On August 20, RA Criminal Court of Appeal continued the examination of the appeal by “Hraparak” daily and iLur.am against the ruling of the court of general jurisdiction which required these media outlets to disclose the source of information, and thus, created a precedent that threatens the freedom of speech.
On May 9, 2014, “Hraparak” and iLur.am published anonymous information about a dispute that took place on one of the streets of Gyumri, on the evening of May 7, between the regional police chief, colonel Vardan Nadarian and two brothers – Artur and Rafael Aleksanians – first being a world-renowned athlete, a multiple European champion and Olympic bronze medalist of wrestling. According to that information, the chief of Shirak region police did not like that the car in which the brothers were driving had too bright headlights. Vardan Nadarian got out of his car and started to hit the brothers with the pistol grip, causing them injuries. Soon after the incident that caused a wide public outcry, including in the social media, RA Prosecutor’s Office assigned the Armenian Special Investigation Service to prepare the materials on the Gyumri incident, based on media publications. (According to “Hraparak”, later criminal proceedings were instigated under Clause 2, Article 309 “Abuse of power, accompanied by violence, use of weapons or special means” of the RA Criminal Code.)
On June 26, the judge of the Court of General Jurisdiction of Kentron and Nork-Marash Administrative Districts of Yerevan, Gagik Khandanian, at the request of the Special Investigation Service (SIS), ruled to oblige “Hraparak” and iLur.am to disclose the source of the published information.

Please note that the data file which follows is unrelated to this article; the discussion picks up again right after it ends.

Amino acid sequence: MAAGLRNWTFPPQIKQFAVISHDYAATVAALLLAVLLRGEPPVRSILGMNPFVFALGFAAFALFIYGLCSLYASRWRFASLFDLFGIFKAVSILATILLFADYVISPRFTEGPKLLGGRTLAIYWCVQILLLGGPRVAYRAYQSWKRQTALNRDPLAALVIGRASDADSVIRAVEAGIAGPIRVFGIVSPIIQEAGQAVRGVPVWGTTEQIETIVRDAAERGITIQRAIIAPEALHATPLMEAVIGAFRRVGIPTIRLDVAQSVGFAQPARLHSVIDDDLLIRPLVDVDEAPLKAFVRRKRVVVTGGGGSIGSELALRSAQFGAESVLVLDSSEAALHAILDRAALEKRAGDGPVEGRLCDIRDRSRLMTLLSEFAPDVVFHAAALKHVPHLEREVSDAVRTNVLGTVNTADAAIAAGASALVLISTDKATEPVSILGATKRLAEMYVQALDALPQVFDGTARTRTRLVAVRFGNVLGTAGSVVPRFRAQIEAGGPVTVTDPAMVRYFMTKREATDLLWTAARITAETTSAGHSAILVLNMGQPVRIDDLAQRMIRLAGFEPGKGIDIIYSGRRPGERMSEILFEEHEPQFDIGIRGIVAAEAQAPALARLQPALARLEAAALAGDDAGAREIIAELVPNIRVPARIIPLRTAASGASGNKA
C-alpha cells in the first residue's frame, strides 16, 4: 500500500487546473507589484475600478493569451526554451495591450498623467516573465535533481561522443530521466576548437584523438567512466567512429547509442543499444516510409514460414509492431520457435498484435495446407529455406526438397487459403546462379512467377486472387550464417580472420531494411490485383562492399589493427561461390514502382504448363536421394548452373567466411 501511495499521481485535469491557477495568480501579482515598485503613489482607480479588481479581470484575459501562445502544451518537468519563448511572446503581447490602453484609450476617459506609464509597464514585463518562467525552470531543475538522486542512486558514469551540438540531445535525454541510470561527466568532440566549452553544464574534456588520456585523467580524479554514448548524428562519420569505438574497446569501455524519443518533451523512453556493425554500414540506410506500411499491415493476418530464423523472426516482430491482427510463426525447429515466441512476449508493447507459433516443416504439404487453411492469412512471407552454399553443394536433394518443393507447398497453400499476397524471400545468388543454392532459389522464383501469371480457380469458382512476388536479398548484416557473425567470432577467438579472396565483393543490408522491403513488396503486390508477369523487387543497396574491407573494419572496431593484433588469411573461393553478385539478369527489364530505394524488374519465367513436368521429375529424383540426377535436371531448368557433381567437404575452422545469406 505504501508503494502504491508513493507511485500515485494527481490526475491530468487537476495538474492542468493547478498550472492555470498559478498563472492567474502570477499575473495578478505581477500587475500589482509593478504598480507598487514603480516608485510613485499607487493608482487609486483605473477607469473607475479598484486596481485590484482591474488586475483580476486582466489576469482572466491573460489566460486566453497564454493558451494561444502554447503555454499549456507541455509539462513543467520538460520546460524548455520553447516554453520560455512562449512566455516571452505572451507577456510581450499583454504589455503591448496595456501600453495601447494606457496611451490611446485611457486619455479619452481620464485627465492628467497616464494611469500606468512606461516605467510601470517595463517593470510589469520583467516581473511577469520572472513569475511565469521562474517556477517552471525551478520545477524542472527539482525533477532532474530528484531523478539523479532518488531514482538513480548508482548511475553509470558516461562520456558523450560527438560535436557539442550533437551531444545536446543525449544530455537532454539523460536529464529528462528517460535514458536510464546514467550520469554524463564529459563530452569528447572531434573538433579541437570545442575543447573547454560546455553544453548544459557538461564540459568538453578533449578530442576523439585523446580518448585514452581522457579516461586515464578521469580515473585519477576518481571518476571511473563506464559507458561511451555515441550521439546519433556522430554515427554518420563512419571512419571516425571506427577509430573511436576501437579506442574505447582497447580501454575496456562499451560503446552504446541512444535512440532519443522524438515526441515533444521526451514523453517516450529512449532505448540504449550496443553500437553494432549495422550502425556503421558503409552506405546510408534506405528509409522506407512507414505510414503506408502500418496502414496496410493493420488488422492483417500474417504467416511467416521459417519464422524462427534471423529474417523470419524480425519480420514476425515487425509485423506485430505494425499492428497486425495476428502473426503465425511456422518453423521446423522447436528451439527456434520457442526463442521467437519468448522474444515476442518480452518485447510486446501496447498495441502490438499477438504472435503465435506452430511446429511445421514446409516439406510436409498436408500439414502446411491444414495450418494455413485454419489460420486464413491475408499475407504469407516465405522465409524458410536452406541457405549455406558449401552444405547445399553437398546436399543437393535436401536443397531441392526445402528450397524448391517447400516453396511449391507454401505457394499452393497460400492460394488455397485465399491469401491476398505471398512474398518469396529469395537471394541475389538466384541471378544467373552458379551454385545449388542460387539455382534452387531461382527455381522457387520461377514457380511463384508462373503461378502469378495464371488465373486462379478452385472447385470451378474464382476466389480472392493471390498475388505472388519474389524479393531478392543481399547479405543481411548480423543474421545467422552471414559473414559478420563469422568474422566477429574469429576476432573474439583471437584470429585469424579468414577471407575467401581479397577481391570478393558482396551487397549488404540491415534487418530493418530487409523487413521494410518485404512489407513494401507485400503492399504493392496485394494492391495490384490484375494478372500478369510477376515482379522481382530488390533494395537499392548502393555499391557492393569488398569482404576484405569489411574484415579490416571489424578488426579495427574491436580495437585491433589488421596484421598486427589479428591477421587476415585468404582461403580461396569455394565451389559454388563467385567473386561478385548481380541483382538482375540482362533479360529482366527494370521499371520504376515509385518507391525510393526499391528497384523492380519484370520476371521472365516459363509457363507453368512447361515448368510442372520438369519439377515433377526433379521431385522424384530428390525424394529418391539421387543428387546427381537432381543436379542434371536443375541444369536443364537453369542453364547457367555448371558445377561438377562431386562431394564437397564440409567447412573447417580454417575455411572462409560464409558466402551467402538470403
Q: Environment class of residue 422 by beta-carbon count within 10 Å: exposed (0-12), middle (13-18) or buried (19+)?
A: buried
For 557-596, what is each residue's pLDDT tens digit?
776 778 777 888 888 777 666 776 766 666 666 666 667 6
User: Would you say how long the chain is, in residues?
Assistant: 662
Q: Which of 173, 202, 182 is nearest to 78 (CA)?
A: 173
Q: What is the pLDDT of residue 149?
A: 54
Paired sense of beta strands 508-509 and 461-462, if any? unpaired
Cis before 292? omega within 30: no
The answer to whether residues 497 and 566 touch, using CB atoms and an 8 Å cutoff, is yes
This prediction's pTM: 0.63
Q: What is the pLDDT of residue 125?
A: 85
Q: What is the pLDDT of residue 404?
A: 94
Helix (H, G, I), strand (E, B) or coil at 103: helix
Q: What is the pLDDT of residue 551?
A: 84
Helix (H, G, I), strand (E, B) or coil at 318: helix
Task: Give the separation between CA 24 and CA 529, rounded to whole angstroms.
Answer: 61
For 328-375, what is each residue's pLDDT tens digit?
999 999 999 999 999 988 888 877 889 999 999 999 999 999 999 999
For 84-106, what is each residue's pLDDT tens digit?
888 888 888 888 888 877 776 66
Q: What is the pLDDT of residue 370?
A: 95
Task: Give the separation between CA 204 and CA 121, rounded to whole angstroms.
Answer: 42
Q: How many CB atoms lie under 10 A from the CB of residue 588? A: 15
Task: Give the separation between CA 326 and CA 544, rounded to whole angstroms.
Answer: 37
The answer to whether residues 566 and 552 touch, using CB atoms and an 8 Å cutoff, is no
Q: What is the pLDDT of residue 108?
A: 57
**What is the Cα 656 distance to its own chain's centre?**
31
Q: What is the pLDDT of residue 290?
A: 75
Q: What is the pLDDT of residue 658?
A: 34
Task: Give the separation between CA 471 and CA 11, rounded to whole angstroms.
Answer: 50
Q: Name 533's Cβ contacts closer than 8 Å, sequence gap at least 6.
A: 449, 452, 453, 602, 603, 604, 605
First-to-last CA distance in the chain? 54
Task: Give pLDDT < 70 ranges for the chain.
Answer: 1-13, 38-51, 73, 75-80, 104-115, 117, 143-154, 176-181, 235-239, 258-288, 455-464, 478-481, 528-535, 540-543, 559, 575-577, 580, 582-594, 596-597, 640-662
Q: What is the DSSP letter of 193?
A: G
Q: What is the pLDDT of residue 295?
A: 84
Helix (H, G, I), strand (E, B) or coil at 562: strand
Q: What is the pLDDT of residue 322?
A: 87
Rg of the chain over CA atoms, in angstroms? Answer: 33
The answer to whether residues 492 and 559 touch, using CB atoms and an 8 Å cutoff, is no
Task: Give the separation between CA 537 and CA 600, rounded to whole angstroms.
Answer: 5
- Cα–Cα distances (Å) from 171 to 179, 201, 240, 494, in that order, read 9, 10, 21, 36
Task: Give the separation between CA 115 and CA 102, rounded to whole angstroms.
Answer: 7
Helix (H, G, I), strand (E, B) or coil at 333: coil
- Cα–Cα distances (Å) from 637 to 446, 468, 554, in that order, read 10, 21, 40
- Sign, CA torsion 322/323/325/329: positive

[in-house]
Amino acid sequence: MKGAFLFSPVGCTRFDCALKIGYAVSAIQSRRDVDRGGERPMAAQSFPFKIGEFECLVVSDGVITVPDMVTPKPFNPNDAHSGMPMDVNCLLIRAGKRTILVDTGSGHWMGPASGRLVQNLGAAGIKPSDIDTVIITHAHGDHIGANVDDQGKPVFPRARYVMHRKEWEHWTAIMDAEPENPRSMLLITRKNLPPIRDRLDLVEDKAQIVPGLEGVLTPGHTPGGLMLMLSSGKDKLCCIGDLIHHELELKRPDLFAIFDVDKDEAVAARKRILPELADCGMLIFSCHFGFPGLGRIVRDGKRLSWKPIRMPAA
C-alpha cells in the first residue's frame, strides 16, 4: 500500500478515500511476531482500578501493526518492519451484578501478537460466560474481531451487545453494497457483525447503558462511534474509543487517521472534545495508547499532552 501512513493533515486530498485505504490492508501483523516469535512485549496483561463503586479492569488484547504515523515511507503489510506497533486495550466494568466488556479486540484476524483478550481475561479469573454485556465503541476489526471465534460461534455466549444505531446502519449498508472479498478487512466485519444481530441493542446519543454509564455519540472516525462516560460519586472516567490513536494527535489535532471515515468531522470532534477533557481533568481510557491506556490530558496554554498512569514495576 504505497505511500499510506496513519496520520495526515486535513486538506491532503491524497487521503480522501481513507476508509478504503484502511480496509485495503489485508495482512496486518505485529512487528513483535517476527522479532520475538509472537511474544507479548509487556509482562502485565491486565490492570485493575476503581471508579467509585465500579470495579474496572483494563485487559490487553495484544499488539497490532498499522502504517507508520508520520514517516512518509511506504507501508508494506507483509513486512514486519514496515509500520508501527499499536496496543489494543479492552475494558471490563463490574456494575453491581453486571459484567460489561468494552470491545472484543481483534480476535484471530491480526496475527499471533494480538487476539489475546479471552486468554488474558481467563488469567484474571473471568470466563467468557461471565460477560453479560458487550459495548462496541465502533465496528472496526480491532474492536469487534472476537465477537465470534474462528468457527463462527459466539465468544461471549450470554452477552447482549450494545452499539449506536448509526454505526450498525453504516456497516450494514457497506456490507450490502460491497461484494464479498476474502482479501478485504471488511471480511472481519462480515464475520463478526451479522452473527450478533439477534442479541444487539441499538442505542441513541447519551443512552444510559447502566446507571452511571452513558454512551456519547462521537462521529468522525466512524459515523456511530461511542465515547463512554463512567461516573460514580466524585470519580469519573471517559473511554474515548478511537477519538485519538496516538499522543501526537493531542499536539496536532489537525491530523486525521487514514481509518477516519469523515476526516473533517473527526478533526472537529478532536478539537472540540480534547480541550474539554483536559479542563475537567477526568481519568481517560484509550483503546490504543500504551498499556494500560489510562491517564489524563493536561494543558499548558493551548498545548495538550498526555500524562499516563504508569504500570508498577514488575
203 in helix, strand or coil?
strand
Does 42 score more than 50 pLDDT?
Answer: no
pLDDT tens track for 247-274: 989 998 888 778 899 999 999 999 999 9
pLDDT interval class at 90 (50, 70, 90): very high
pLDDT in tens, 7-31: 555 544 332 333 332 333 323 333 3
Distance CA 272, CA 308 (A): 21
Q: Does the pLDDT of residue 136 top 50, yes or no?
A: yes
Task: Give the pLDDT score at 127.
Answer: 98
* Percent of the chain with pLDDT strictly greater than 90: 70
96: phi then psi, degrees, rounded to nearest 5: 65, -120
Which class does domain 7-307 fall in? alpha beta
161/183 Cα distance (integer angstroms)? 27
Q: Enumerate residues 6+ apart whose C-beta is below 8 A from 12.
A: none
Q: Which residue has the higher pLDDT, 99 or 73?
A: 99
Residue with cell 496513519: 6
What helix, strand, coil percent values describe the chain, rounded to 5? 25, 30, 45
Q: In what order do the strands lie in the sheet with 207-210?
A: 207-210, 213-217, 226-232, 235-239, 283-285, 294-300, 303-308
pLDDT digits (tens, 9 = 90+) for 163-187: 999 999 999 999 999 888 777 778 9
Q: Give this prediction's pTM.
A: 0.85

On July 9, the both media disputed the ruling of the Court of General Jurisdiction at the Criminal Court of Appeal. “The ruling for disclosing the sources of information was made in our (journalists) absence. We were informed about the decision via postal service. There was not even an announcement on initiation of the criminal case”, on July 10, 2014 commented “Hraparak” in its piece “You Can Silence the Journalists but Not the People”.
The court ruling obliging the media to disclose the sources of information was regarded by local and international experts as a dangerous precedent jeopardizing the freedom of speech. On July 22, OSCE Representative on Freedom of the Media Dunja Mijatović expressed concern that “this ruling might have a chilling effect on media as it could thwart reporting on issues of public interest”. “The need for journalists’ professional confidentiality with public and private sources of information must be acknowledged”, noted the OSCE Representative on Freedom of the Media. Dunja Mijatović also stressed that the right of journalists to protect the identity of sources is a key principle of investigative journalism and has repeatedly been declared as a basic requirement for freedom of expression by the OSCE.
The hearings in the Criminal Court of Appeal started on July 29. The first sessions dealt with purely procedural issues (open/closed format of the hearings, possession of documents confirming their authority by the parties, etc.); hence, the Court has not started the examination of the merits of the case yet.